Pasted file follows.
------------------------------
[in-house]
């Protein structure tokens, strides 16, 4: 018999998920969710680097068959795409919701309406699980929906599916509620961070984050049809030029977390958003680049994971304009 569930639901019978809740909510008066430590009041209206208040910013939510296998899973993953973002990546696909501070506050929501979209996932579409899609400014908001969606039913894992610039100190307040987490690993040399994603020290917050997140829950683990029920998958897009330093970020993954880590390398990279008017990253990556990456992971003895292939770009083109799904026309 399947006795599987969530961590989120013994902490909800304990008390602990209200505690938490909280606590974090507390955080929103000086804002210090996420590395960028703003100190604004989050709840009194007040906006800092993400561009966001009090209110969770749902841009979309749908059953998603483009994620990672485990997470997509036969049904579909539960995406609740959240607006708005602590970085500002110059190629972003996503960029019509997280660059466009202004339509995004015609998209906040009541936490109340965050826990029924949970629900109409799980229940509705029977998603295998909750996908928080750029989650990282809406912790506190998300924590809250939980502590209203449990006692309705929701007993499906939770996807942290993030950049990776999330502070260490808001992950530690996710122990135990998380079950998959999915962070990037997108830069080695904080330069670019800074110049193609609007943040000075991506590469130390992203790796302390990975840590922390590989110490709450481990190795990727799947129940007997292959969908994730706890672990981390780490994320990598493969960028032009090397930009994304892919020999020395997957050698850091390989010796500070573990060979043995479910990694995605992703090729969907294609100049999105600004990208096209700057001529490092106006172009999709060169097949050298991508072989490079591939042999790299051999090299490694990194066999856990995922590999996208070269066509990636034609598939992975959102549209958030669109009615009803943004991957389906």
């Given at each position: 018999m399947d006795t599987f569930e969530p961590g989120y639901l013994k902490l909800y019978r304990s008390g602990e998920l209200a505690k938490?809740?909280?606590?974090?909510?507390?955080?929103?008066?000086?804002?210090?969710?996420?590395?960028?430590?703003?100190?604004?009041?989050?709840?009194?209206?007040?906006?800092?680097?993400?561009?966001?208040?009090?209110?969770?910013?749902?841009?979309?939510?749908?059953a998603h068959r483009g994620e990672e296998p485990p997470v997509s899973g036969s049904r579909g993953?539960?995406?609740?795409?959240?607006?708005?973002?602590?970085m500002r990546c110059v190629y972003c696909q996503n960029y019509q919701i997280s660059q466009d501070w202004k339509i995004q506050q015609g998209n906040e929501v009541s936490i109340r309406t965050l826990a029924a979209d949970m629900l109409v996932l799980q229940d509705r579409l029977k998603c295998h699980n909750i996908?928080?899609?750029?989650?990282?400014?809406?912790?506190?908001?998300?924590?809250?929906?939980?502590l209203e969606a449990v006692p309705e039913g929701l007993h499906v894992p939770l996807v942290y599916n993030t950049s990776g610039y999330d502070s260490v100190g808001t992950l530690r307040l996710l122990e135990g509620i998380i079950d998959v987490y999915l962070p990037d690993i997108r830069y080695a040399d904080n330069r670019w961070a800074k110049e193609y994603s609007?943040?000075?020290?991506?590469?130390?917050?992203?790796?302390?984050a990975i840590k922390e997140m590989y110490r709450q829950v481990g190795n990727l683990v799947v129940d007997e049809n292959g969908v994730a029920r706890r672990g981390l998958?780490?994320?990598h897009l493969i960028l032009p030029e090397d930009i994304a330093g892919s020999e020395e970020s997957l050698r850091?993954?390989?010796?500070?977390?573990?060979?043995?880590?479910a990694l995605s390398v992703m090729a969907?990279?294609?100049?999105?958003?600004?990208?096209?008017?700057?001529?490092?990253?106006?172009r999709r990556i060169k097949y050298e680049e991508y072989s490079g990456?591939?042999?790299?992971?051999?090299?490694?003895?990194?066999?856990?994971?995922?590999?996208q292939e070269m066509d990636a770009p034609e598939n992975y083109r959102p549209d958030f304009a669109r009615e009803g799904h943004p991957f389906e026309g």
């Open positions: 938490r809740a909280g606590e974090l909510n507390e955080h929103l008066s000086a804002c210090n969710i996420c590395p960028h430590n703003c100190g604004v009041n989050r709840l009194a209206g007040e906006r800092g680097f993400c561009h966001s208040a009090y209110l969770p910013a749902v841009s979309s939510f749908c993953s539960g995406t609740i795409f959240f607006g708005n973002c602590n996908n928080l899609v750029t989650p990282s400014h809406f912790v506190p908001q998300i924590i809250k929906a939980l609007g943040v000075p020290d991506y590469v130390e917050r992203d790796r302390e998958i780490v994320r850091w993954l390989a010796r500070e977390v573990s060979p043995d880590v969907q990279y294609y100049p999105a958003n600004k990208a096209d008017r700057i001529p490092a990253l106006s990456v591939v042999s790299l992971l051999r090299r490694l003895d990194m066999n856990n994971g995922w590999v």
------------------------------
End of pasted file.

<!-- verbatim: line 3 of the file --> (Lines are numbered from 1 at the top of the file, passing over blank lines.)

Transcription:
């Given at each position: 018999m399947d006795t599987f569930e969530p961590g989120y639901l013994k902490l909800y019978r304990s008390g602990e998920l209200a505690k938490?809740?909280?606590?974090?909510?507390?955080?929103?008066?000086?804002?210090?969710?996420?590395?960028?430590?703003?100190?604004?009041?989050?709840?009194?209206?007040?906006?800092?680097?993400?561009?966001?208040?009090?209110?969770?910013?749902?841009?979309?939510?749908?059953a998603h068959r483009g994620e990672e296998p485990p997470v997509s899973g036969s049904r579909g993953?539960?995406?609740?795409?959240?607006?708005?973002?602590?970085m500002r990546c110059v190629y972003c696909q996503n960029y019509q919701i997280s660059q466009d501070w202004k339509i995004q506050q015609g998209n906040e929501v009541s936490i109340r309406t965050l826990a029924a979209d949970m629900l109409v996932l799980q229940d509705r579409l029977k998603c295998h699980n909750i996908?928080?899609?750029?989650?990282?400014?809406?912790?506190?908001?998300?924590?809250?929906?939980?502590l209203e969606a449990v006692p309705e039913g929701l007993h499906v894992p939770l996807v942290y599916n993030t950049s990776g610039y999330d502070s260490v100190g808001t992950l530690r307040l996710l122990e135990g509620i998380i079950d998959v987490y999915l962070p990037d690993i997108r830069y080695a040399d904080n330069r670019w961070a800074k110049e193609y994603s609007?943040?000075?020290?991506?590469?130390?917050?992203?790796?302390?984050a990975i840590k922390e997140m590989y110490r709450q829950v481990g190795n990727l683990v799947v129940d007997e049809n292959g969908v994730a029920r706890r672990g981390l998958?780490?994320?990598h897009l493969i960028l032009p030029e090397d930009i994304a330093g892919s020999e020395e970020s997957l050698r850091?993954?390989?010796?500070?977390?573990?060979?043995?880590?479910a990694l995605s390398v992703m090729a969907?990279?294609?100049?999105?958003?600004?990208?096209?008017?700057?001529?490092?990253?106006?172009r999709r990556i060169k097949y050298e680049e991508y072989s490079g990456?591939?042999?790299?992971?051999?090299?490694?003895?990194?066999?856990?994971?995922?590999?996208q292939e070269m066509d990636a770009p034609e598939n992975y083109r959102p549209d958030f304009a669109r009615e009803g799904h943004p991957f389906e026309g």